Hungarian David faces European Goliath

The European Union is at a crossroads: on one hand, Hungary demands to either fundamentally change or dissolve the European Parliament, on the other, Germany wants to ban individual countries’ veto rights.

For comparison: 9,610,536 people were Hungarian citizens as of Saturday, July 16, 2022, while 84,317,923 called Germany home as of Saturday, July 2, 2022.

Most (if not all) of people living in the Lands of St. Stephen are more or less of pure Hungarian origin. The Germans constitute a strange mix of all kinds of Germans (from Bavaria all the way to Prussia, with all kinds of other tribes – formerly principalities – thrown in in between). They also include people who immigrated into the country through the 20th and this centuries, from former-Yugoslavian and Turkish so-called guest workers (Gastarbeiter) to today’s masses of illegal immigrants from Africa and the Middle East.

Why is this important? Because it impacts politicians’ rhetoric and actions.

The Hungarian proposition

Of the 199 members of the Országgyülés (National Assembly) 130 voted for the demand that European Union (EU) change its ways, while 50 were against.

Hungarian MPs said very emphatically that “The European Union must change because it is unprepared to face today’s challenges.”

They took what they called “ill-considered” sanctions the EU imposed on Russia over its military action in Ukraine as a perfect example. The sanctions’ economic fallout has affected Hungarian citizens more than the Russians, they said.

“Only strong and capable member states are able to protect their citizens,” the Hungarian resolution and demand explained. EU should be supporting its member states “in effective crisis management” rather than dictating to them what they should be doing and how, without often explaining why.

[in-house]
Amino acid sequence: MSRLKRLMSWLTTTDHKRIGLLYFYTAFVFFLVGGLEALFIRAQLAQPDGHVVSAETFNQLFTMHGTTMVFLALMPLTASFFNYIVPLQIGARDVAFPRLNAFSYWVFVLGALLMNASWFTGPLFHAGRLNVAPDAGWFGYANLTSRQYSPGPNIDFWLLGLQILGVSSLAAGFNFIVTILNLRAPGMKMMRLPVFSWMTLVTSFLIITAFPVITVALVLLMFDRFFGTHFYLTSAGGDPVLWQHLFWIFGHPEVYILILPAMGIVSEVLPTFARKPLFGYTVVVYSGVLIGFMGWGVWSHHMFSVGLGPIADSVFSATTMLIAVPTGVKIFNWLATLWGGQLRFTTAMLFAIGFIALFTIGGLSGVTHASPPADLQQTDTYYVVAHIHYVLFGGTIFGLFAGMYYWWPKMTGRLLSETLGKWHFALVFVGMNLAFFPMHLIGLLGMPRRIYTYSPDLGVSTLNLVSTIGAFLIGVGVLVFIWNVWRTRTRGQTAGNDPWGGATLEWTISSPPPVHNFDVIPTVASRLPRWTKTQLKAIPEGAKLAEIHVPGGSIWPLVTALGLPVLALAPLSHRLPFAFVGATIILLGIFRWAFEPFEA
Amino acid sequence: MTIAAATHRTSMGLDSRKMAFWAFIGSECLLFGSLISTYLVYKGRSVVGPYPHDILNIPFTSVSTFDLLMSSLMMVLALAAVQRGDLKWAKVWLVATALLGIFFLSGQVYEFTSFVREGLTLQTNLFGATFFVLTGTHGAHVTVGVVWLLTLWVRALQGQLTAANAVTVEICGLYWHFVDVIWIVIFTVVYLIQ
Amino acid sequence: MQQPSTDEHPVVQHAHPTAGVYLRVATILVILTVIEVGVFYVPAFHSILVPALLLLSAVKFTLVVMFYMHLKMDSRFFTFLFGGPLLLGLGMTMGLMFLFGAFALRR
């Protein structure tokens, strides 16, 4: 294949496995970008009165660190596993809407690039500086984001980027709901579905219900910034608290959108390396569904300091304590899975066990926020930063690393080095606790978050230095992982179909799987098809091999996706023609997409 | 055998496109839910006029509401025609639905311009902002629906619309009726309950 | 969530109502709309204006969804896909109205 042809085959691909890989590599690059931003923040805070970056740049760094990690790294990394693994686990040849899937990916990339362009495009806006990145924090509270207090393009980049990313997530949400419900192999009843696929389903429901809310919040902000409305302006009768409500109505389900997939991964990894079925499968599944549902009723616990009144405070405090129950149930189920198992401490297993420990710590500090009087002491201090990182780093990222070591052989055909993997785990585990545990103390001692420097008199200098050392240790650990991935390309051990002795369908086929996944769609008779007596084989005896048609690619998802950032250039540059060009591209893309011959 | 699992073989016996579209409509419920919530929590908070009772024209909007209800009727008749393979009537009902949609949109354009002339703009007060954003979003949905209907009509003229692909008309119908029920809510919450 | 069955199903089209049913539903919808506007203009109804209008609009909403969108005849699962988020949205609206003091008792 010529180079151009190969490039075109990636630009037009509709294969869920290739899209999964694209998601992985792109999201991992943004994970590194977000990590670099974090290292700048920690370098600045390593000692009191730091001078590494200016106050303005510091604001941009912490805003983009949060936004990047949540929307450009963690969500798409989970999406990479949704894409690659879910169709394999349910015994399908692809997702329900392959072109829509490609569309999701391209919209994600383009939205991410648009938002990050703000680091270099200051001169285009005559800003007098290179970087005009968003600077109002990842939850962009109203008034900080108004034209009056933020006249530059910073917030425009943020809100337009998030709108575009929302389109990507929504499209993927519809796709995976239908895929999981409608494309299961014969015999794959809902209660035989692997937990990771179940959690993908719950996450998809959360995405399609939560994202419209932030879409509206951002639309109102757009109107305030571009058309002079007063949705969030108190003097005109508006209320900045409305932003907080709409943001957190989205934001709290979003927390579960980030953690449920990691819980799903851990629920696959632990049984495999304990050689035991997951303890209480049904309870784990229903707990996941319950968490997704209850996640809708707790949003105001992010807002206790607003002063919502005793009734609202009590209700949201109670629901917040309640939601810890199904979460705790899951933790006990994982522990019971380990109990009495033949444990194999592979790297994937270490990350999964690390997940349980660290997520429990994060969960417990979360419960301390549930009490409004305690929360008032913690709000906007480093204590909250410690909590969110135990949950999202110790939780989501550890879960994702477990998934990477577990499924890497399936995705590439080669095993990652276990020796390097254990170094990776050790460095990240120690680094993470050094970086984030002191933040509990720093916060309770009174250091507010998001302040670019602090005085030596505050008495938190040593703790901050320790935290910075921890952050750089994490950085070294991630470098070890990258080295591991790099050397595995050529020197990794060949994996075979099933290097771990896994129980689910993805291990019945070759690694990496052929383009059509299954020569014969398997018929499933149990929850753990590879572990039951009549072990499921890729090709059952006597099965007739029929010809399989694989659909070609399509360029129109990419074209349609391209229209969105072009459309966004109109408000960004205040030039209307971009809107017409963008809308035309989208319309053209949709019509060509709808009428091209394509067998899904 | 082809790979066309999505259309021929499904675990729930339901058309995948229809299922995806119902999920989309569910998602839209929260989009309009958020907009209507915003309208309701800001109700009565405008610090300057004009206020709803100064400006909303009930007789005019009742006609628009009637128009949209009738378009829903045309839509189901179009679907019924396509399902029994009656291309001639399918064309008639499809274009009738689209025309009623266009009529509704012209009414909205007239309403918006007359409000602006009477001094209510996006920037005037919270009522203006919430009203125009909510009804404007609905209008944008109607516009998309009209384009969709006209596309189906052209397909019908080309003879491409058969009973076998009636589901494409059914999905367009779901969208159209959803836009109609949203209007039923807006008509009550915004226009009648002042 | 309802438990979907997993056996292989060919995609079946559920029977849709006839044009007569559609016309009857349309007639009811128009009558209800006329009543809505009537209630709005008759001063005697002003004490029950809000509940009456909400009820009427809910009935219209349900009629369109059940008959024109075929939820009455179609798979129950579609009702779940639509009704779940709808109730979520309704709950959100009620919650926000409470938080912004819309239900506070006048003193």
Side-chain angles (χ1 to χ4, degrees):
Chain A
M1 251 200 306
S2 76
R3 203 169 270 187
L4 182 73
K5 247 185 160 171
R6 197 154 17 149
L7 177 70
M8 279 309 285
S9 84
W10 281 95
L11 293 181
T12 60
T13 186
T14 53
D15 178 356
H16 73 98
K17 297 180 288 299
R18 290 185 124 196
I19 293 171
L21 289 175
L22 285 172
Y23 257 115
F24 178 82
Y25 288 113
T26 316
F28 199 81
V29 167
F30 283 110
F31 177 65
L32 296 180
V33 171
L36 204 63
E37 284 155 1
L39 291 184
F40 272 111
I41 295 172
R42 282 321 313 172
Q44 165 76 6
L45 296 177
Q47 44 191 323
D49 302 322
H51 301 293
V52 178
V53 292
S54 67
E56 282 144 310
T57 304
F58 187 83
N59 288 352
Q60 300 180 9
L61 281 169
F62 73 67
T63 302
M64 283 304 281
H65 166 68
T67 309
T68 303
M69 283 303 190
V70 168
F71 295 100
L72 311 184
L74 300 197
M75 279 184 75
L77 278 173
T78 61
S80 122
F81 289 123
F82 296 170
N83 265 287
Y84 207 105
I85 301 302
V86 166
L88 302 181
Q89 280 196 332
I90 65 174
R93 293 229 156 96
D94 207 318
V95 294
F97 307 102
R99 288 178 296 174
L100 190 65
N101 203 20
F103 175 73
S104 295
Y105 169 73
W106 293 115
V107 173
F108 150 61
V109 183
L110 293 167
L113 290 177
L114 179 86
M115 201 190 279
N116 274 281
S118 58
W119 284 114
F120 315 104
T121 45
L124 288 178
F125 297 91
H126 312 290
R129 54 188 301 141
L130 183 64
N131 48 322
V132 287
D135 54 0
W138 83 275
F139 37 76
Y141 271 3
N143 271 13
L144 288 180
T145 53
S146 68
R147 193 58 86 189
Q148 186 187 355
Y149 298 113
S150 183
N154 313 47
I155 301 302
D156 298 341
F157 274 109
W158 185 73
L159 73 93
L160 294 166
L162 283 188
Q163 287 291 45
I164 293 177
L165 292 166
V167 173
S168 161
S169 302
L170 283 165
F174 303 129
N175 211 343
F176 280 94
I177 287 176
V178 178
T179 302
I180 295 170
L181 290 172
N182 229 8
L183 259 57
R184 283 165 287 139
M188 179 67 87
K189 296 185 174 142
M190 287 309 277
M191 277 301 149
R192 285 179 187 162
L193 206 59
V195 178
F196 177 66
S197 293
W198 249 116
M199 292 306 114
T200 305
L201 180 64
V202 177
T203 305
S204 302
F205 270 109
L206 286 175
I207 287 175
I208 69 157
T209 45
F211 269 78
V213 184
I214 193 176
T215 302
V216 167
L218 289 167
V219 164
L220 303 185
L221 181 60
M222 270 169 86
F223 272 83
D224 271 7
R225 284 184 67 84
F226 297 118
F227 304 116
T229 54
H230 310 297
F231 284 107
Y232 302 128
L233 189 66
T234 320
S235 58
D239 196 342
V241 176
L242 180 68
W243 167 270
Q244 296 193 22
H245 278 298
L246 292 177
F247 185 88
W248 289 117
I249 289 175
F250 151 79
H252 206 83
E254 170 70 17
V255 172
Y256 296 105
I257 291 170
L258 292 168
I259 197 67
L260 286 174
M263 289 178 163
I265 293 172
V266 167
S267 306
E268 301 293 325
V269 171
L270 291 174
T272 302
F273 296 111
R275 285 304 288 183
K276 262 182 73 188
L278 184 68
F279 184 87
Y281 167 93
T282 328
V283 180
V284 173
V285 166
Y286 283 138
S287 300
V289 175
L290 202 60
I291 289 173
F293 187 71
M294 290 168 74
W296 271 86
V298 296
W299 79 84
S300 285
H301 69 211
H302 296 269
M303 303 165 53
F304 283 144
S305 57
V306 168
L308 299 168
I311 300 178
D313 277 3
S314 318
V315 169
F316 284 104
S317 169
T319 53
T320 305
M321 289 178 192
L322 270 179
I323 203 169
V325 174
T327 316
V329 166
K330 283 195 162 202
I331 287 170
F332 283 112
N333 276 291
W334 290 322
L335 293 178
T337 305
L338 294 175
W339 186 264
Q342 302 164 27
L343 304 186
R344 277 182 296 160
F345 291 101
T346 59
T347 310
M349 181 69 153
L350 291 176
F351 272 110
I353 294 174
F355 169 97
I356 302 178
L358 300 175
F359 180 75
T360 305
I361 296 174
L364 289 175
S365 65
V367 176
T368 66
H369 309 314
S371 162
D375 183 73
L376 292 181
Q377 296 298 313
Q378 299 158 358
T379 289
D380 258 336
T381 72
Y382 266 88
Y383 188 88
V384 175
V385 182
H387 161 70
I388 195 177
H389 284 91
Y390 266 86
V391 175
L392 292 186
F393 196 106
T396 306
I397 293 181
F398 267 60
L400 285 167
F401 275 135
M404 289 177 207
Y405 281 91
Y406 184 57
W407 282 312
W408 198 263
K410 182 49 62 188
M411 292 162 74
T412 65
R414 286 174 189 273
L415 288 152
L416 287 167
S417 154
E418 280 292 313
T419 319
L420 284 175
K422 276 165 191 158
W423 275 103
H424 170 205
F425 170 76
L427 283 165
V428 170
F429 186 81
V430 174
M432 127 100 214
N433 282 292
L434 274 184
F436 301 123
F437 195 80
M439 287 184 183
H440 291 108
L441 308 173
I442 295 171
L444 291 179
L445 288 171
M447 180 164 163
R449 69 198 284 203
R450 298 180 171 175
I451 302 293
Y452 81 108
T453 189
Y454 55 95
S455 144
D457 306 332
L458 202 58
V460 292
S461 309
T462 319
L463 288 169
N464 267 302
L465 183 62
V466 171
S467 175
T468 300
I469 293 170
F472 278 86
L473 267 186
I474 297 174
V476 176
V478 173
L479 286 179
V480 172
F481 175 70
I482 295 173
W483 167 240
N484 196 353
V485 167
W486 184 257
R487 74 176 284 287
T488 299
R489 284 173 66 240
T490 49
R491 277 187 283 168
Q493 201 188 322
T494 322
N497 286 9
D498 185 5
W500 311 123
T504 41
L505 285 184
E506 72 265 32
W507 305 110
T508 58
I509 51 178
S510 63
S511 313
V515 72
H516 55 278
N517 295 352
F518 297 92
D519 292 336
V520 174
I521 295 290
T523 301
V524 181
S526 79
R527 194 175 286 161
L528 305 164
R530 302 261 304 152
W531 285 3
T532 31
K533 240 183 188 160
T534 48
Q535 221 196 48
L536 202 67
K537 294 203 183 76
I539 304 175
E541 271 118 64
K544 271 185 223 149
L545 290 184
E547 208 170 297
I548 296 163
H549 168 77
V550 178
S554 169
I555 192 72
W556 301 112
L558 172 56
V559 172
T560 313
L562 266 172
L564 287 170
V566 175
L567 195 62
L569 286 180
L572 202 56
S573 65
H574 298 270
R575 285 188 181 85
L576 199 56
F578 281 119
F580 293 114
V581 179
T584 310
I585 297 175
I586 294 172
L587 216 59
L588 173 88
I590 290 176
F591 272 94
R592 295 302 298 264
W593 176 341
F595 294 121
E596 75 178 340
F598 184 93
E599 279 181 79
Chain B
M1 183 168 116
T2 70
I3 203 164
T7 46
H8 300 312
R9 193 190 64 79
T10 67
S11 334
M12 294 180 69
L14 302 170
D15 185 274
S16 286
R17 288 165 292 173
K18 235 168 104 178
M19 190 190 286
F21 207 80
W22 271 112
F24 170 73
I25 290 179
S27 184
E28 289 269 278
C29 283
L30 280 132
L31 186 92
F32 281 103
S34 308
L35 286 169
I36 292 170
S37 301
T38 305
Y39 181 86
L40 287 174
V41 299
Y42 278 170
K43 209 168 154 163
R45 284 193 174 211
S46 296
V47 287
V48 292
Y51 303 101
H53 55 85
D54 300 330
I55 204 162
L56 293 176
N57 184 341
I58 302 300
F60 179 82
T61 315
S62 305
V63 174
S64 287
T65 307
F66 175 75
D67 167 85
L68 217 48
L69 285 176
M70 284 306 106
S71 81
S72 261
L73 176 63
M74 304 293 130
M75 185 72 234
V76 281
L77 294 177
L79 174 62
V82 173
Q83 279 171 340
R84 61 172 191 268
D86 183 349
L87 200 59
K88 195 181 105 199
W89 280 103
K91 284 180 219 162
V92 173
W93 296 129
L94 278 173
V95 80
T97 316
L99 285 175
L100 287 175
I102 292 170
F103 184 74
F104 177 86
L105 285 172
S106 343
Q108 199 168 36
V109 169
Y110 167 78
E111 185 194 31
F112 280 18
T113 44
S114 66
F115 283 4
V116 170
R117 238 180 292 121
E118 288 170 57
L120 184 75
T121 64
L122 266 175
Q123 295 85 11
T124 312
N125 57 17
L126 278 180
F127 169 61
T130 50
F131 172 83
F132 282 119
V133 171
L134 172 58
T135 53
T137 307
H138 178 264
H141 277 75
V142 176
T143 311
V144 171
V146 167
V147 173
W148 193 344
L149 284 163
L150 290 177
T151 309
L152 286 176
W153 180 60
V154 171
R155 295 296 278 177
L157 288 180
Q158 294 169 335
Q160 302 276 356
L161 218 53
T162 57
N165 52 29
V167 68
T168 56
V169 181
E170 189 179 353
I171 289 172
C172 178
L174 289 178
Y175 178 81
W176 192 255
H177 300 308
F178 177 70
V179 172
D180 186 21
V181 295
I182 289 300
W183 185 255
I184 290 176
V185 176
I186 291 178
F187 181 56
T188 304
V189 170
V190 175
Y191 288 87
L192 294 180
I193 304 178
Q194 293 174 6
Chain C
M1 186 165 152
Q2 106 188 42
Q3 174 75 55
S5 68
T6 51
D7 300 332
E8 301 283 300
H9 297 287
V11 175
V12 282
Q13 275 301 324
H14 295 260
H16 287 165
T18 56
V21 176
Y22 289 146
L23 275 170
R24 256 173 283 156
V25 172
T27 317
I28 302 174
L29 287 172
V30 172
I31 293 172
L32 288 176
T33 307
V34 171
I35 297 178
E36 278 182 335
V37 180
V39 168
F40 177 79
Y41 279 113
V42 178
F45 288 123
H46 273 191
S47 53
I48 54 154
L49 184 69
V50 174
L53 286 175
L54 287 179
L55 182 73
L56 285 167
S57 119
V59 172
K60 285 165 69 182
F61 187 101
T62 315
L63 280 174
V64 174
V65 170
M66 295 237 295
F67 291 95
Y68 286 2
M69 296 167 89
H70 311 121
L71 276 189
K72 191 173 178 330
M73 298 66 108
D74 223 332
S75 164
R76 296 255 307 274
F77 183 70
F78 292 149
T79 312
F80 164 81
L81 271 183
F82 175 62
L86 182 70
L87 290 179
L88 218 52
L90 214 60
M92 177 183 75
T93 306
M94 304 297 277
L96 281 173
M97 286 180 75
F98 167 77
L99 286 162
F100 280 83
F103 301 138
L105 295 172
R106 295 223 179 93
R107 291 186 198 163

The EU Commission must be forced by re-written EU treaties to become and remain politically and ideologically neutral, the Országgyülés demanded.

The European Parliament should be chosen by the member states’ legislative bodies rather than through direct elections, the resolution goes on. And, while on the topic, national parliaments should also have the right to veto “unwanted EU legislation.”

Native European minorities must be protected, and Europe’s Christian and cultural roots as “the basis of European integration” must be recognised.

And, integration must not be a “goal in itself” but, rather, be a “means” to support the member states’ “national freedom.”

It took the Conference on the Future of Europe to get the Hungarian MPs as upset as to write this resolution. They said, for all reasons and purposes, that the existing European Commission lied when it described the conference as “a citizen-led series of debates and discussions that ran from April 2021 to May 2022 and enabled people from across Europe to share their ideas and help shape our common future.”

The final report presented by EU head office in Brussels called for deeper integration and greater “harmonisation” within the EU and pointed to the need to abandon the principle of unanimity in favour of “qualified majority decision-making” in a whole number of fields, from education to the Common Foreign and Security Policy.